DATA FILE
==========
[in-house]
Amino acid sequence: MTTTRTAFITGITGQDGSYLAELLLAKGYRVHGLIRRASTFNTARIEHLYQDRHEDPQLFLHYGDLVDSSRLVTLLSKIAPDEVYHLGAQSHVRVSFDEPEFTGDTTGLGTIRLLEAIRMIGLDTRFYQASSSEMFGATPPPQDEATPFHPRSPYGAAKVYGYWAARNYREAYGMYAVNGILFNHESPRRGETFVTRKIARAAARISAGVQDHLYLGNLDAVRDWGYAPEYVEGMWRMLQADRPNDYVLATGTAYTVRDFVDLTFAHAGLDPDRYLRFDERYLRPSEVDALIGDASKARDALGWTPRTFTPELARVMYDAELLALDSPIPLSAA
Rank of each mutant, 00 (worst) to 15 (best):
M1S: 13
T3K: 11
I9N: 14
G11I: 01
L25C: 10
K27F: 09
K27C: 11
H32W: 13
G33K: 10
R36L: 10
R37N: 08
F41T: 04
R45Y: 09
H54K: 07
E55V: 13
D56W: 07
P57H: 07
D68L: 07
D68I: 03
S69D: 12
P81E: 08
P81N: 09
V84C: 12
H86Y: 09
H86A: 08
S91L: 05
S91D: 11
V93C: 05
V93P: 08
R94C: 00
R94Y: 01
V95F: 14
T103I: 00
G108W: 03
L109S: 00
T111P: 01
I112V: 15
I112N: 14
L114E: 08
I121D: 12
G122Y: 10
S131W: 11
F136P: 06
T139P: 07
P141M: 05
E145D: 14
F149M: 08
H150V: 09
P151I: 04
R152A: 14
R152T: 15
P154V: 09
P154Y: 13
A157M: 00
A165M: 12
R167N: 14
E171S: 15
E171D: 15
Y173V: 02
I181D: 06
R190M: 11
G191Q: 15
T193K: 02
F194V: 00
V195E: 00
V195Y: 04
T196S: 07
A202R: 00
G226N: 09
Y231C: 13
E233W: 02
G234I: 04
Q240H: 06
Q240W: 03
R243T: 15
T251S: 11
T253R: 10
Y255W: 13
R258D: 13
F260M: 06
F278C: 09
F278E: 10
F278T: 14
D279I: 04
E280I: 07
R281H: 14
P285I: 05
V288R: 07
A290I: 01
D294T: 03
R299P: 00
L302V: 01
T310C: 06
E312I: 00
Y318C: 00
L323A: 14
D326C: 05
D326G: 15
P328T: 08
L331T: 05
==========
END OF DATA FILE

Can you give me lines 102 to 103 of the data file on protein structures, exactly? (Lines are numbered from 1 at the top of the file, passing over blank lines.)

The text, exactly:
P328T: 08
L331T: 05